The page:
In Act 5 of Macbeth, there are sufficient lines to support the view that rather than being insane, Macbeth is quite rationally aware of all that faces him. How can you prove this? Please give...
In Act 5 of Macbeth, there are sufficient lines to support the view that rather than being insane, Macbeth is quite rationally aware of all that faces him. How can you prove this?
Please give examples and what scene and lines you find them in.
Macbeth’s reaction to reports of soldiers does not necessarily mean he has lost his mind. He is just stubborn and arrogant. He is paranoid, but he probably should be. There ARE armies coming for him, after all. He knows this because he has spies stationed throughout the kingdom.
Bring me no more reports; let them fly all!
Till Birnam Wood remove to Dunsinane
I cannot taint with fear. (Act 5, Scene 3)
Macbeth clearly believes the witches’ prophecy, but is this so irrational? After all, the witches told him the woods would come to his castle. That does not seem likely. It makes sense that Macbeth wouldn’t think this is a threat. His hubris prevents him from deducing that soldiers are pretending to be trees.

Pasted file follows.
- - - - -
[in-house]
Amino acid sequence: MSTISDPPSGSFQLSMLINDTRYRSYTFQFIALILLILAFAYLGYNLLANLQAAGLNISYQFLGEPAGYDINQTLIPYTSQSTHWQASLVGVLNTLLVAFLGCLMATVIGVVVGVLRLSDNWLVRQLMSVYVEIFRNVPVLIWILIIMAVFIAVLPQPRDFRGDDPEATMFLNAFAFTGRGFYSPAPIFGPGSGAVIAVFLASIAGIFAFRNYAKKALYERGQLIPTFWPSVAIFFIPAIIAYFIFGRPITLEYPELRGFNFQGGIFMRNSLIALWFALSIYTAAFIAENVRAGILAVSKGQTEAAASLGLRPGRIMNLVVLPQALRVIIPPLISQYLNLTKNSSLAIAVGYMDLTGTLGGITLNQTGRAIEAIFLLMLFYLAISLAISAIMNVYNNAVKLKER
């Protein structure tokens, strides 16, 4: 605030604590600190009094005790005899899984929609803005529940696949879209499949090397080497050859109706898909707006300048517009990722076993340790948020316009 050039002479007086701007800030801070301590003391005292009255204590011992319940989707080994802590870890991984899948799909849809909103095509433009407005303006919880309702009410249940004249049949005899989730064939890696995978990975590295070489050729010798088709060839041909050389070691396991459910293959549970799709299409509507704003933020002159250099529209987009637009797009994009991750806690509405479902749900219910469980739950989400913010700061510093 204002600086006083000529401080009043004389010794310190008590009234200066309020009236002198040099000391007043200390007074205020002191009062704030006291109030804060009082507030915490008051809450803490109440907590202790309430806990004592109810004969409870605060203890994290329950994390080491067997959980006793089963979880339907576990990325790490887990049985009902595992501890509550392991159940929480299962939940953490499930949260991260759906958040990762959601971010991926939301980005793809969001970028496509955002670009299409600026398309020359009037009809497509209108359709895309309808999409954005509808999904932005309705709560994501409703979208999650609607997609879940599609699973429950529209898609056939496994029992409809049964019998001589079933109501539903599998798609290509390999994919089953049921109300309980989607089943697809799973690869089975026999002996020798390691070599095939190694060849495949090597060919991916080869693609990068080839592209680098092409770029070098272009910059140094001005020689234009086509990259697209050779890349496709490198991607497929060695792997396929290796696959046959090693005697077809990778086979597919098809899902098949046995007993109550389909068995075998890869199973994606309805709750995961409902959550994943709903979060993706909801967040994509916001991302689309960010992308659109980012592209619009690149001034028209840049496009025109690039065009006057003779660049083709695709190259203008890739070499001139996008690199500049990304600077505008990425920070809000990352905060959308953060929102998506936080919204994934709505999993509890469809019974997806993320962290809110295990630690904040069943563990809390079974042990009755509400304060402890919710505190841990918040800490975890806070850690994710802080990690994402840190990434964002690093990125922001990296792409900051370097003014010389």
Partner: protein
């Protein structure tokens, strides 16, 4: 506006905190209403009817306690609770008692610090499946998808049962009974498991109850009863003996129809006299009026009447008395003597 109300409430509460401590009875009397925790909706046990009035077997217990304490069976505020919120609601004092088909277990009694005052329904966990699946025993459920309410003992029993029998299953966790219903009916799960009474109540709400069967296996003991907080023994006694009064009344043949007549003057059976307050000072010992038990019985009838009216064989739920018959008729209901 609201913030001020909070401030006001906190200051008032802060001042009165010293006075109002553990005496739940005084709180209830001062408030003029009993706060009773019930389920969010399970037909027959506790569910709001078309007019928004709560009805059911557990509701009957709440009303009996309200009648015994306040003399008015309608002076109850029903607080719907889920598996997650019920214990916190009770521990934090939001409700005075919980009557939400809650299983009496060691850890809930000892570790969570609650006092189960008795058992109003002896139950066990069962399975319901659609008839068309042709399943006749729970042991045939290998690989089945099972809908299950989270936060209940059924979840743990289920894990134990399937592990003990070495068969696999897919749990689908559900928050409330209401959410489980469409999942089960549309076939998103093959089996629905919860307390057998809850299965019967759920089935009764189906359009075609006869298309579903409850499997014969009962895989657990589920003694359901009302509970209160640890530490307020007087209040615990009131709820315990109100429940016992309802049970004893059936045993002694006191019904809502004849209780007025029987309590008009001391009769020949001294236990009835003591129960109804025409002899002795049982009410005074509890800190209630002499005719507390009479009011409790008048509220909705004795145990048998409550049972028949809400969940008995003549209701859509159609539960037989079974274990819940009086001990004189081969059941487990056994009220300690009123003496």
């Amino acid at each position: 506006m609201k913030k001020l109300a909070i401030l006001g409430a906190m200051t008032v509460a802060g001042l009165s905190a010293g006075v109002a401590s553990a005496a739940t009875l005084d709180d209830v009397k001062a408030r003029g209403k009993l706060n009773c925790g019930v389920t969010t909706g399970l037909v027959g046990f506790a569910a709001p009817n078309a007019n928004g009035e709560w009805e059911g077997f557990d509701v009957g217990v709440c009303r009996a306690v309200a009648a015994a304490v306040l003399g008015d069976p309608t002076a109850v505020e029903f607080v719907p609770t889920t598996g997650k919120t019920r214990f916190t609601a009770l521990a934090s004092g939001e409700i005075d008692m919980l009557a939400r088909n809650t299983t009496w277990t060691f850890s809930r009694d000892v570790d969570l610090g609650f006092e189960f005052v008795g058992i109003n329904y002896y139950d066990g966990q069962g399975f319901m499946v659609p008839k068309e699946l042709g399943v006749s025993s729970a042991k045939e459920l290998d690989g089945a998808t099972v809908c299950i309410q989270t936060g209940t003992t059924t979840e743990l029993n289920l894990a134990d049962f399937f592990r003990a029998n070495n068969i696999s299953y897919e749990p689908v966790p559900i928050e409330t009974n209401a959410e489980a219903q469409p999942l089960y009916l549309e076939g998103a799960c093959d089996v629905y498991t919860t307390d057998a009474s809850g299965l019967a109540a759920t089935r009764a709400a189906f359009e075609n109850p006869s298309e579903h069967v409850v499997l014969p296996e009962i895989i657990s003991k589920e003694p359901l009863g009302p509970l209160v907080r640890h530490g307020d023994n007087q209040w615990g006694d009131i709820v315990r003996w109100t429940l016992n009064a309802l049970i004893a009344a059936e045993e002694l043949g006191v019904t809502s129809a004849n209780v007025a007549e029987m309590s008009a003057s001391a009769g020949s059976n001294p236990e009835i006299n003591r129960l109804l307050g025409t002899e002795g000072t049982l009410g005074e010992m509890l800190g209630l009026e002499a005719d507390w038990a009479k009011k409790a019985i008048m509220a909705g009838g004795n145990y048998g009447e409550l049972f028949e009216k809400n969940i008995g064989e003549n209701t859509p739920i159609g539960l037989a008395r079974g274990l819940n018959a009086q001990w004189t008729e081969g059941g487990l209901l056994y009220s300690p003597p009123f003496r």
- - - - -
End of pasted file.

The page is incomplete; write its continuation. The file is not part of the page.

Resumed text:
Macbeth’s reaction to his wife’s death can be interpreted as lunacy, but it could also mean he has become philosophical. He is thinking about life and death, because his wife has died and he faces impending death in battle.
She should have died hereafter;
There would have been a time for such a word.(Act 5, Scene 5, p. 84)
To me, this can be interpreted either way. It could be a sad lament for chances missed, and time they could have had together.
There definitely is fantasy and magic in this play, so it is not madness for Macbeth to believe the witches’ prophecies. After all, some of them came true. He was promoted, and he did become king—at his own hand.
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